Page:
Poll position

May 19, 1995

Congratulations to political scientist Ivor Crewe for moving one step closer to the top of academia's own greasy pole with his appointment as acting vice chancellor of the University of Essex. Maybe Professor Crewe was too busy with the local elections, where he was one of the limited number of tipsters to predict the full extent of the Tory wipe-out, but the university announcement lacked some of the touches you would expect him to bring to the job.

Did the appointing committee swing to left or right, what was the behaviour of the C1 electors who have bought their own council houses and what can we project from this for Labour's prospects at the next general election? We think we should be told.

Already registered?

Sign in now if you are already registered or a current subscriber. Or subscribe for unrestricted access to our digital editions and iPad and iPhone app.

Have your say

Log in or register to post comments

Featured Jobs

Marketing Manager CAMBRIDGE ASSESSMENT
Data Architect CAMBRIDGE ASSESSMENT
Chief Security Officer CAMBRIDGE ASSESSMENT
Cashier Supervisor CAMBRIDGE ASSESSMENT

Register to continue  

You've enjoyed reading five THE articles this month. Register now to get five more, or subscribe for unrestricted access.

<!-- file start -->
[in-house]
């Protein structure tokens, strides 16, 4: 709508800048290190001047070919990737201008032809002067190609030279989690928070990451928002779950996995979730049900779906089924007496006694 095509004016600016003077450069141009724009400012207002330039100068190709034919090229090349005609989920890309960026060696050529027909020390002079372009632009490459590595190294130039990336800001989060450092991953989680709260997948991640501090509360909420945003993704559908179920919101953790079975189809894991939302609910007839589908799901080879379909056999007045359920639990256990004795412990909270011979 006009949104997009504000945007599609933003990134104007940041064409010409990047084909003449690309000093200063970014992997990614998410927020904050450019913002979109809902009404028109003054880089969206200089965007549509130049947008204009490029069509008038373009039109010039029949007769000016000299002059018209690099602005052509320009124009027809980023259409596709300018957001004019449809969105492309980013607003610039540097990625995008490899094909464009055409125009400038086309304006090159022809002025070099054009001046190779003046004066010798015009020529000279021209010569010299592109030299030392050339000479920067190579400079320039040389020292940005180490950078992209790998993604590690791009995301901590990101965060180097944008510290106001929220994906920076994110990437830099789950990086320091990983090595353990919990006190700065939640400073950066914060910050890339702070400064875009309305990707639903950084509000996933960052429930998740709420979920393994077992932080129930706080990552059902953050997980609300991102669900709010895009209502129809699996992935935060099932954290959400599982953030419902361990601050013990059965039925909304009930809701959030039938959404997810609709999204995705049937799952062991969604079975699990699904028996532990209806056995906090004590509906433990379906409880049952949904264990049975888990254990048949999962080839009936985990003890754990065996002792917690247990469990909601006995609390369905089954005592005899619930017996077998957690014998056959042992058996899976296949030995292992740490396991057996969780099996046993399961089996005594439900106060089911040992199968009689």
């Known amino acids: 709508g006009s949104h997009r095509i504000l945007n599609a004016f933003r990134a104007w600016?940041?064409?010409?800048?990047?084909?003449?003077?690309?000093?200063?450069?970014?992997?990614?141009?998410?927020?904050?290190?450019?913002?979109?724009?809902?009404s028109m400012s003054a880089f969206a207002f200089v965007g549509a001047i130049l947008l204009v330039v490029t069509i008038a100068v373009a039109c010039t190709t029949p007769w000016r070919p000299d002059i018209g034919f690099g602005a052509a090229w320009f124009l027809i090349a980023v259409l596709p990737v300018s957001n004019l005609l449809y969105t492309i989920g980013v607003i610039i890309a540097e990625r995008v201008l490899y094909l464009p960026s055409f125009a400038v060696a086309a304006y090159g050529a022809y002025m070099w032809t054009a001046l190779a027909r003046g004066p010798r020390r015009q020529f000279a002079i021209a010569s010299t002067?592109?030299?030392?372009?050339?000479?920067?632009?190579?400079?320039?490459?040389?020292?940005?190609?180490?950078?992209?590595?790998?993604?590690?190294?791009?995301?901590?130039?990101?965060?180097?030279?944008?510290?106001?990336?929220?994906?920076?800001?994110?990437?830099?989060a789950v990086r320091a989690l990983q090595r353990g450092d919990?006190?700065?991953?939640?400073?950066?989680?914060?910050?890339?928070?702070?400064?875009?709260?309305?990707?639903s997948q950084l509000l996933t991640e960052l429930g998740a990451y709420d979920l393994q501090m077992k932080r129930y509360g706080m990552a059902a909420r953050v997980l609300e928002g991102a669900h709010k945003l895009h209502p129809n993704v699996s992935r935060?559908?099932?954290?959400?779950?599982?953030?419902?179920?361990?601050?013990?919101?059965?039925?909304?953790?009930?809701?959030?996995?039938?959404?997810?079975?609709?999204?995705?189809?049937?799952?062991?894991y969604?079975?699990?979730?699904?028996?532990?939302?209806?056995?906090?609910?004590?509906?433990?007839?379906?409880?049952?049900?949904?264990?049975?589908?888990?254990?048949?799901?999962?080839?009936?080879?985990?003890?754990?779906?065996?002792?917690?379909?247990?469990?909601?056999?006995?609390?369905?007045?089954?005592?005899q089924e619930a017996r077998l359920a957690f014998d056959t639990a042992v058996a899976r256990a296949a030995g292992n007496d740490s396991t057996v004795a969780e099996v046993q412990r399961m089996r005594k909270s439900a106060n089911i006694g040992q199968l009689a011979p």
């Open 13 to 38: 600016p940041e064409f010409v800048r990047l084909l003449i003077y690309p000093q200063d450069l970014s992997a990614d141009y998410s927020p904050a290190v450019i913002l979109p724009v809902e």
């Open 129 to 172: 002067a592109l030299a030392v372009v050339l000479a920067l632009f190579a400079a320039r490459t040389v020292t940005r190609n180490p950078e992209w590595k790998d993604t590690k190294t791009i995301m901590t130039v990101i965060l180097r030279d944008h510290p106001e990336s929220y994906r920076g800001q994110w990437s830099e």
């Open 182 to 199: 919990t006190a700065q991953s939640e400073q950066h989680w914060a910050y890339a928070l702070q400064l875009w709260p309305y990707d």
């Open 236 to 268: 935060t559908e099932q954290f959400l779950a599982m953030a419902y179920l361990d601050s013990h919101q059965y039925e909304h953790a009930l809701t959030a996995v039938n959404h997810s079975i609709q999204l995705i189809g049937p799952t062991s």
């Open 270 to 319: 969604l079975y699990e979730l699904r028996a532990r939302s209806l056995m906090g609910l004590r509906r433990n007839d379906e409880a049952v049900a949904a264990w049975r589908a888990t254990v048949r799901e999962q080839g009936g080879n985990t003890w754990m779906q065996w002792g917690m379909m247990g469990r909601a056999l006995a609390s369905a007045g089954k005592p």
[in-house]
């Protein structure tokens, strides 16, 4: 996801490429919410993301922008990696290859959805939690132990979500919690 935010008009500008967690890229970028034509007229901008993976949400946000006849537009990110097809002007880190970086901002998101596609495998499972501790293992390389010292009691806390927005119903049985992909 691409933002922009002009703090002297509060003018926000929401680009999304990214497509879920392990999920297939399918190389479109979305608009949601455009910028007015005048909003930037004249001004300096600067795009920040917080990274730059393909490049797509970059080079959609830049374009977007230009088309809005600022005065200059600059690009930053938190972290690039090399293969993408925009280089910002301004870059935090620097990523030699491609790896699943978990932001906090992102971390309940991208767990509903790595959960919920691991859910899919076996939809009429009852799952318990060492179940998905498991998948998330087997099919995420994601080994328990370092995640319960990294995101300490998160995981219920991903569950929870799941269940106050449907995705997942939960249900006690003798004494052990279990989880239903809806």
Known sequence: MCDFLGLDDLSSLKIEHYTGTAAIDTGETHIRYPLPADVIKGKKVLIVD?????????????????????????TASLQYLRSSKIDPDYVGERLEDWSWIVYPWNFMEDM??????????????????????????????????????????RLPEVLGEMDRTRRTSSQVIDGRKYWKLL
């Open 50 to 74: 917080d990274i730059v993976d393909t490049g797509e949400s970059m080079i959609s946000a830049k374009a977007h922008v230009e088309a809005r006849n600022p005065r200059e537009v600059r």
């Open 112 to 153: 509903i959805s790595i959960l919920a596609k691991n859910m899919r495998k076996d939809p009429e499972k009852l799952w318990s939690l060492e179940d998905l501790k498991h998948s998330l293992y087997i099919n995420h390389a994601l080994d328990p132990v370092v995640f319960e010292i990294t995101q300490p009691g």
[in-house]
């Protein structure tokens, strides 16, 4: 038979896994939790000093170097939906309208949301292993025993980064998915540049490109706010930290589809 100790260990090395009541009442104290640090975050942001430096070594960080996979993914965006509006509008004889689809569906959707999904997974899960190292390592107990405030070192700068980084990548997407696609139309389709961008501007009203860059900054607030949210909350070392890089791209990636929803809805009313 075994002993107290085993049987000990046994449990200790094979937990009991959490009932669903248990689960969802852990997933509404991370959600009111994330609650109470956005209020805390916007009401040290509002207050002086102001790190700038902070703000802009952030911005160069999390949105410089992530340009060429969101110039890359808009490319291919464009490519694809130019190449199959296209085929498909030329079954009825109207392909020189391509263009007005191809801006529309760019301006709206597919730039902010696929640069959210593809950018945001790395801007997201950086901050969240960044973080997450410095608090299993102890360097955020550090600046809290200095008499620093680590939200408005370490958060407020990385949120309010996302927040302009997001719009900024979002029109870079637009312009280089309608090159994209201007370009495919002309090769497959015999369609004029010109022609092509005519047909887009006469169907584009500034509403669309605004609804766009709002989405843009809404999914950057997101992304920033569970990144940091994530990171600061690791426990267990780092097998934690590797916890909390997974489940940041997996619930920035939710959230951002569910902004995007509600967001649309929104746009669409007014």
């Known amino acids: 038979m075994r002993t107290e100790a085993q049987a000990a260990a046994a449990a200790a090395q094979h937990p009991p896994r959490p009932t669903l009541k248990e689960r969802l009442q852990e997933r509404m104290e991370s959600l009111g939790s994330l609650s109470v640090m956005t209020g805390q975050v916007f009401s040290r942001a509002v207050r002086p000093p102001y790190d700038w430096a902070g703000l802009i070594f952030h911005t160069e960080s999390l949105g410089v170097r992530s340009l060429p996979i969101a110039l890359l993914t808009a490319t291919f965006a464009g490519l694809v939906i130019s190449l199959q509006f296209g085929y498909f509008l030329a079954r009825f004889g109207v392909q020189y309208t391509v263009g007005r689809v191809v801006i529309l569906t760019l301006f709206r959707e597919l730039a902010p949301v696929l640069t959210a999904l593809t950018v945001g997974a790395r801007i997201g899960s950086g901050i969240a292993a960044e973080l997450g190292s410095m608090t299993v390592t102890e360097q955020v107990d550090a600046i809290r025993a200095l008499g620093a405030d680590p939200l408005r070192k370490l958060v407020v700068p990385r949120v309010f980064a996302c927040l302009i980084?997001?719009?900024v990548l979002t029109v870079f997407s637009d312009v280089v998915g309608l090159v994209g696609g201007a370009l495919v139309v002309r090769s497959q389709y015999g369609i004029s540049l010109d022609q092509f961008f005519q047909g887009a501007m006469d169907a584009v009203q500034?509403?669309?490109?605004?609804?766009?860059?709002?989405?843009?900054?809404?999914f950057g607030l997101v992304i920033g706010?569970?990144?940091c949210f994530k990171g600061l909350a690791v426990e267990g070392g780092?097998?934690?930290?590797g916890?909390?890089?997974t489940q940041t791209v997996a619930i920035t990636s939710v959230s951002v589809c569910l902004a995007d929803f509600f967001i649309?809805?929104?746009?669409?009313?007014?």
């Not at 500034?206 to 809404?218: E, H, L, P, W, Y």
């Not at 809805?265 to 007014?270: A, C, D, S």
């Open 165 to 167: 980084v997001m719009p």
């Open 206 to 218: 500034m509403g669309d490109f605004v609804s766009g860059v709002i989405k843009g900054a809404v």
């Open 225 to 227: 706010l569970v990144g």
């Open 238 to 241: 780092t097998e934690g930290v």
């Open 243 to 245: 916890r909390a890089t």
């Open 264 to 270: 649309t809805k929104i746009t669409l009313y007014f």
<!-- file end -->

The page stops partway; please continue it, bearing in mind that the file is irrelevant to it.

Most Commented

Track runner slow off the starting blocks

Lack of independent working blamed for difficulties making the leap from undergraduate to doctoral work

A keyboard with a 'donate' key

Richard Budd mulls the logic of giving money to your alma mater

Quality under magnifying glass

Hefce's new standards regime will enable universities to focus on what matters to students, says Susan Lapworth

Woman tearing up I can't sign

Schools and universities are increasingly looking at how improving personalities can boost social mobility. But in doing so, they may be forced to choose between teaching what is helpful, and what is true, says David Matthews

Door peephole painted as bomb ready to explode

It’s time to use technology to detect potential threats and worry less about outdated ideas of privacy, says Ron Iphofen